constitutional system it asks us to establish in the world.
We must also free ourselves from the clutches ofJahilisociety,Jahiliconcepts,Jahilitraditions andJahilileadership. Our mission is not to compromise with the practices ofJahilisociety, nor can we be loyal to it.Jahilisociety, because of its Jahili characteristics, is not worthy to be
compromised with. Our aim is first to change ourselves so that we may
later change the society.
Our foremost objective is to change the practices of this society. Our aim is to change theJahilisystem at its very roots, this system which is fundamentally at
variance with IslÄm and which, with the help of force and oppression, is
keeping us from living the sort of life which is demanded by our
Our first step will be to raise ourselves above theJahilisociety, and all its values and concepts. We will not change our own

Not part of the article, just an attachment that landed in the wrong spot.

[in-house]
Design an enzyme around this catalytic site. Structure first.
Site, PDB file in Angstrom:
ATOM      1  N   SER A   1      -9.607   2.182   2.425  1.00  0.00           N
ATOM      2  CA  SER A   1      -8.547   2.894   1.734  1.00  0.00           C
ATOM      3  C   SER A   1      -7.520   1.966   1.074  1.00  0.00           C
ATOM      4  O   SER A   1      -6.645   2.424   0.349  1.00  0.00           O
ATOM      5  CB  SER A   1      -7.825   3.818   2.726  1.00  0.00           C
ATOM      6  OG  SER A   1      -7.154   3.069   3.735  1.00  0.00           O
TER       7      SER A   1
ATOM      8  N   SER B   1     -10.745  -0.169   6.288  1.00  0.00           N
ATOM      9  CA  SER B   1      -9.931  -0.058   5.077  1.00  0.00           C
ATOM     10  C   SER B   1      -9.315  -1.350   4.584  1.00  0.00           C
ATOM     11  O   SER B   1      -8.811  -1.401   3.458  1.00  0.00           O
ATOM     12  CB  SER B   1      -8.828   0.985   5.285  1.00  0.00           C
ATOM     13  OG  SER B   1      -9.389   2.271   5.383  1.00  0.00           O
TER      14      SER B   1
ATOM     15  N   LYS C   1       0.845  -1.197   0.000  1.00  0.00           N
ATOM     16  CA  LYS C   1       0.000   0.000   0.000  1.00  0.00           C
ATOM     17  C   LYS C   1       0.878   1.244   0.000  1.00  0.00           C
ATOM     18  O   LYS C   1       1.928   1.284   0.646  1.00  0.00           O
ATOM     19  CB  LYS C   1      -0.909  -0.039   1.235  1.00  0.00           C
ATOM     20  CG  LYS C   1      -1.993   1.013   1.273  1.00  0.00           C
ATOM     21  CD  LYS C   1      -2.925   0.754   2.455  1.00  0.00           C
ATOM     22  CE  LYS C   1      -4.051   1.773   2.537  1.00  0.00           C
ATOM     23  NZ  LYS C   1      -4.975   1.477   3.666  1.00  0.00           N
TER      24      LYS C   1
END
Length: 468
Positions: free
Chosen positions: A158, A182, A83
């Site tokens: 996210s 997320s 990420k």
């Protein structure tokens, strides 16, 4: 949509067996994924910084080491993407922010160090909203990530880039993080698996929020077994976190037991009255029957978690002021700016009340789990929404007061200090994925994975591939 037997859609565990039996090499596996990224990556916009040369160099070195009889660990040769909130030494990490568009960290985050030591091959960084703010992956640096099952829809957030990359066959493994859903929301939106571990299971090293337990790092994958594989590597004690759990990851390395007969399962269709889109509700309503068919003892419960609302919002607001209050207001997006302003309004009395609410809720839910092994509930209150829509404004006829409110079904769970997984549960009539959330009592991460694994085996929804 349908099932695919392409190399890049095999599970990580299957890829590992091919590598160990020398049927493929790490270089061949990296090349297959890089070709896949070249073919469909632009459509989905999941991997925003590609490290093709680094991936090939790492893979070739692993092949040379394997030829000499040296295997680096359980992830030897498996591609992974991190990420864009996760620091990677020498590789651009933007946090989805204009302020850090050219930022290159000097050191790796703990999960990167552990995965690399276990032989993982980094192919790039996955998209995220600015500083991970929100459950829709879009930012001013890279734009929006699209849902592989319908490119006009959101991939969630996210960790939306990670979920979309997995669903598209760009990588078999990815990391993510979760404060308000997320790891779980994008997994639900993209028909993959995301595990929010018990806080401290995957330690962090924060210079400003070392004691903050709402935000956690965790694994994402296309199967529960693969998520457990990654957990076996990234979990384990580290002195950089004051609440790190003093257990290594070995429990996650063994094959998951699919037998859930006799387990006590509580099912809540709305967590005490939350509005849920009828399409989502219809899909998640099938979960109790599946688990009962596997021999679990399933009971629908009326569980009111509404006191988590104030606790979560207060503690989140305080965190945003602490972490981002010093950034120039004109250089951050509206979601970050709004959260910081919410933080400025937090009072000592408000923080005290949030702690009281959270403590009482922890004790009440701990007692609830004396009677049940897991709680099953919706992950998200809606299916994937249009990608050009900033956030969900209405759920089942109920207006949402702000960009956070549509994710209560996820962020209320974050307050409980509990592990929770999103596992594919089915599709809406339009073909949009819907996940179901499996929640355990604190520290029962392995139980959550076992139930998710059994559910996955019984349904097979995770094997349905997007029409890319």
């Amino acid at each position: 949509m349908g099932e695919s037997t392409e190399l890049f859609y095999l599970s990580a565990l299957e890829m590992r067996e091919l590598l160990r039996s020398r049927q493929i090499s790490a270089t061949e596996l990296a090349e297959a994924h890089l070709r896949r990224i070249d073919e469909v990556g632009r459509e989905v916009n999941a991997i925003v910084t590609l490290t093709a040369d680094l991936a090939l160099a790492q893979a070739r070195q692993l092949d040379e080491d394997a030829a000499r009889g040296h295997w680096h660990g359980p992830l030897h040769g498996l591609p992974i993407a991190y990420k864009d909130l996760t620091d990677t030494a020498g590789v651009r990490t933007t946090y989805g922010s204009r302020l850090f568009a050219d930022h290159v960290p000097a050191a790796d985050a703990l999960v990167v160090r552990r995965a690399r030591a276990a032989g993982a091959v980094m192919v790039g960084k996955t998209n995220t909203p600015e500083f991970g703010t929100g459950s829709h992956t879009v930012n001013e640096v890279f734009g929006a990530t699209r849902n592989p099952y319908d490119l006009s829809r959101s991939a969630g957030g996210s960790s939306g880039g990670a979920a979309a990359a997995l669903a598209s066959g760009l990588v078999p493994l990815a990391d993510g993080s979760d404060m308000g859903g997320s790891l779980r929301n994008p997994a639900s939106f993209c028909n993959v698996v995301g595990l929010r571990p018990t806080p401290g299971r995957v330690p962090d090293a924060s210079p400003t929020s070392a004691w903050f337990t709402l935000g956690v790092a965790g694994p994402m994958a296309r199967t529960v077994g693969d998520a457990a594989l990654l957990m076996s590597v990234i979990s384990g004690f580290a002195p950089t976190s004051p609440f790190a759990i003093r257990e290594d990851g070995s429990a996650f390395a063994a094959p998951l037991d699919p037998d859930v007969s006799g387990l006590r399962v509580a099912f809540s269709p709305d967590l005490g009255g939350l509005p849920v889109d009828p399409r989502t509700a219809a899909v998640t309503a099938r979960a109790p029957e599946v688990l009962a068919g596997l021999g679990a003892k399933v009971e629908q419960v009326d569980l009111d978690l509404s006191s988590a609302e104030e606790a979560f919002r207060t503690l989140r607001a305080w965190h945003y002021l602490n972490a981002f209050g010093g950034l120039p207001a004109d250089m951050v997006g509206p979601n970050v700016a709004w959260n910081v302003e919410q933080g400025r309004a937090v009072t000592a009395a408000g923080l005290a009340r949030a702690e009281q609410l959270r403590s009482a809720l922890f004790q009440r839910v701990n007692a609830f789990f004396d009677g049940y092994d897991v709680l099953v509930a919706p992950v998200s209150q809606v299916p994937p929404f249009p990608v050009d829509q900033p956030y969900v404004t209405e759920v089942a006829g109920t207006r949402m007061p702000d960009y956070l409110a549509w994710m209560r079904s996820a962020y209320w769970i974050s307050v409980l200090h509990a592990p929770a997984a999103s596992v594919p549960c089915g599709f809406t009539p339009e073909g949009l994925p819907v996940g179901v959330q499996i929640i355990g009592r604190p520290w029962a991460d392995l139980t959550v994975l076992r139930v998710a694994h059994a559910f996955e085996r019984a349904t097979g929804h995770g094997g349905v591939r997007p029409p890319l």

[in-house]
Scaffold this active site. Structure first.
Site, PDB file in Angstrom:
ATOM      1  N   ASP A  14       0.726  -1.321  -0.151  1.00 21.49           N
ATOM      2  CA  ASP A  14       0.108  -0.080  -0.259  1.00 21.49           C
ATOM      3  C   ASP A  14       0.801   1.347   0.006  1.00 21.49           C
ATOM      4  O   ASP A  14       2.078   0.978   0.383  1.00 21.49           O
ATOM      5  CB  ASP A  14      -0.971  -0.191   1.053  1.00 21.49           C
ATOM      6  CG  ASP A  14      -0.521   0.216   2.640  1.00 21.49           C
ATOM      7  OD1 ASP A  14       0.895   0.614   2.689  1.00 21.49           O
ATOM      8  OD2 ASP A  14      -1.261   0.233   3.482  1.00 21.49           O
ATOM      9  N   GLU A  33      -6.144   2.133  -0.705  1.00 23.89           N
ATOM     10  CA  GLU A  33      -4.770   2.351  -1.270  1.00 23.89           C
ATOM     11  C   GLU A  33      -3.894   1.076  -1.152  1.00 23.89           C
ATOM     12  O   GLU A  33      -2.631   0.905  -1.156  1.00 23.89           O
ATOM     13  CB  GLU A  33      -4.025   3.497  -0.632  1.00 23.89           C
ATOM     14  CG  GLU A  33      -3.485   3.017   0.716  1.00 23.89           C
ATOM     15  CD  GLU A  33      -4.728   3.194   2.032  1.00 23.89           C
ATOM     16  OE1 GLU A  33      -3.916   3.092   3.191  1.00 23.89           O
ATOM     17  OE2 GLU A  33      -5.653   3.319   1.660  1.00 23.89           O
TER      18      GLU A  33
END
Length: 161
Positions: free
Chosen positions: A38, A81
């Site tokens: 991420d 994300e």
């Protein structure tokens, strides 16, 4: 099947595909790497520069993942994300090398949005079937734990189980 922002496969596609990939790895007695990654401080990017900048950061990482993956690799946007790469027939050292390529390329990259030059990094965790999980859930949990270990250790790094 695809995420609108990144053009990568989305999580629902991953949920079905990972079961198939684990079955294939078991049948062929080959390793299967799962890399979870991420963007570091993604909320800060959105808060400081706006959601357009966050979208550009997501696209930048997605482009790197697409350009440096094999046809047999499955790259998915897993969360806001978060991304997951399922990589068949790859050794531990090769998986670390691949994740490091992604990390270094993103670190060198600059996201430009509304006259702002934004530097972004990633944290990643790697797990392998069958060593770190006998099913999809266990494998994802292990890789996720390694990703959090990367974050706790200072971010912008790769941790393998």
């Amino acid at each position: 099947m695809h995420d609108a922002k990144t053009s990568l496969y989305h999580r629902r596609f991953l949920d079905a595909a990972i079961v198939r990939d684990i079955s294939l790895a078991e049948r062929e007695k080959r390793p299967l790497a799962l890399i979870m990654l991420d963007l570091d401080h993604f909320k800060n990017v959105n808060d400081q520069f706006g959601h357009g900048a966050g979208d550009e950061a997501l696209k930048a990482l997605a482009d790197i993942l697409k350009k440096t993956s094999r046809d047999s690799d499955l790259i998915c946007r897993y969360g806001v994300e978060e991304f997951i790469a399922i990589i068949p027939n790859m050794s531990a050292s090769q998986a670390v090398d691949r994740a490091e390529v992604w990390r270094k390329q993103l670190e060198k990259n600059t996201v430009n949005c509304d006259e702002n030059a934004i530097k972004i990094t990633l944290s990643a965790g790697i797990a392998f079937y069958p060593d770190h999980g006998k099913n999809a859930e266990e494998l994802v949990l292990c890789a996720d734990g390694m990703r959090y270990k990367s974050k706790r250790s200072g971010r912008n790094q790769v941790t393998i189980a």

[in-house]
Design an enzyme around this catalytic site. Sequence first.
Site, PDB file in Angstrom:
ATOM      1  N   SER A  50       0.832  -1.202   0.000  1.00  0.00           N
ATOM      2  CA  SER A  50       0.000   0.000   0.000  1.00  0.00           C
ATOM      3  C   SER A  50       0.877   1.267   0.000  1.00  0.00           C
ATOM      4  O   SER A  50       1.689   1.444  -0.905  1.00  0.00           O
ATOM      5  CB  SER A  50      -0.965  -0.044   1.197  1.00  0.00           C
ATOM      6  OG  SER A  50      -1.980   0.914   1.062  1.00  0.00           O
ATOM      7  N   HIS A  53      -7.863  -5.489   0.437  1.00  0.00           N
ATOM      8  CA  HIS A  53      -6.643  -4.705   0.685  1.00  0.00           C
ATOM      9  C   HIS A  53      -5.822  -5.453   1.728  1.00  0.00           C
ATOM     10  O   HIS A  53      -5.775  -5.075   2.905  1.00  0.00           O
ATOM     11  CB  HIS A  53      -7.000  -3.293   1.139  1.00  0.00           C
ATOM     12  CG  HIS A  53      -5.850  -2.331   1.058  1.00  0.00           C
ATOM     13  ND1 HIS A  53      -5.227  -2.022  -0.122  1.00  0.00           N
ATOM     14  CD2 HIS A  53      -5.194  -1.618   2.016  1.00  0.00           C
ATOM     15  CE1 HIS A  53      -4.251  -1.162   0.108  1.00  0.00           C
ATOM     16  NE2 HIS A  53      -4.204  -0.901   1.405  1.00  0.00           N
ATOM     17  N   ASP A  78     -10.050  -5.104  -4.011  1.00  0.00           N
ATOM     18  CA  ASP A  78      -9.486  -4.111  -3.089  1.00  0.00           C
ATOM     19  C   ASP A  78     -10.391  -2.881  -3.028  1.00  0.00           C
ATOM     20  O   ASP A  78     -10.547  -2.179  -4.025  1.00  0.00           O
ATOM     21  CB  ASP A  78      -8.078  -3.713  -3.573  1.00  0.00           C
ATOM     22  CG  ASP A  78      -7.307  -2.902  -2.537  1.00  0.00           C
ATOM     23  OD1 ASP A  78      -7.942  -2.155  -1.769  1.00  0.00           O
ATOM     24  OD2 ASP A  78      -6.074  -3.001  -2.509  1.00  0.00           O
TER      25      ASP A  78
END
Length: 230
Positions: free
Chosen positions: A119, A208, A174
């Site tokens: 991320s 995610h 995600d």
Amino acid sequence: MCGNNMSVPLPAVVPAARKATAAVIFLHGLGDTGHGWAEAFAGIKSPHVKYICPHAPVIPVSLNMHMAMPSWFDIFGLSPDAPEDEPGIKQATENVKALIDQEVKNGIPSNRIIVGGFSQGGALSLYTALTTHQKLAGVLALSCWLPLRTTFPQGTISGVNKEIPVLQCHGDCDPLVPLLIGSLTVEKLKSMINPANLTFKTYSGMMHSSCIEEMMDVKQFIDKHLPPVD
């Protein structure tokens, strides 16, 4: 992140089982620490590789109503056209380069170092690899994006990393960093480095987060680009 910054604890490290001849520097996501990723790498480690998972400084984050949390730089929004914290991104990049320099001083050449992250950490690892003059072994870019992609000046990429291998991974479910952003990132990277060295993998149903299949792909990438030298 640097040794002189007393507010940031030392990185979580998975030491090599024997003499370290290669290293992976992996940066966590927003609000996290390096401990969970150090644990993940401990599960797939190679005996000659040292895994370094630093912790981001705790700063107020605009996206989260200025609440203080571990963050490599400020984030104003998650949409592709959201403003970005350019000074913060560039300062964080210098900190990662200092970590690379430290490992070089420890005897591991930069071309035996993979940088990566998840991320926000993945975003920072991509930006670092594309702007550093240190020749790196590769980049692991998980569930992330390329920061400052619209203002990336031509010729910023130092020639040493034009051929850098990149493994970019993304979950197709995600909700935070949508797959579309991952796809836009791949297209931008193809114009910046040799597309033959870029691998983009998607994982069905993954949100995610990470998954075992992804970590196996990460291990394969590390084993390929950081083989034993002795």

values and concepts either more or less to make a bargain with thisJahilisociety.
Never! Even if we were on different roads, and if we take even one step
in its company, we will lose our goal entirely and lose our way as
know that in this we will have difficulties and trials, and we will
have to make great sacrifices. But if we are to walk in the footsteps of
the first generation of Muslims, through whom God established His
system and gave it victory overJahiliyyahh, then God must be the Master of our wills.
is therefore desirable that we should be aware at all times of the
nature of our course of action, of the nature of our position, and the
nature of the road which we must traverse to come out of ignorance, as
the distinguished and unique generation of the Companions of the Prophet
came out of it.
Source: Chapter 1 fromMilestonesby Sayyid QutbÂ¸ Maktabah Booksellers and Publishers, available in full online: www.quranproject.org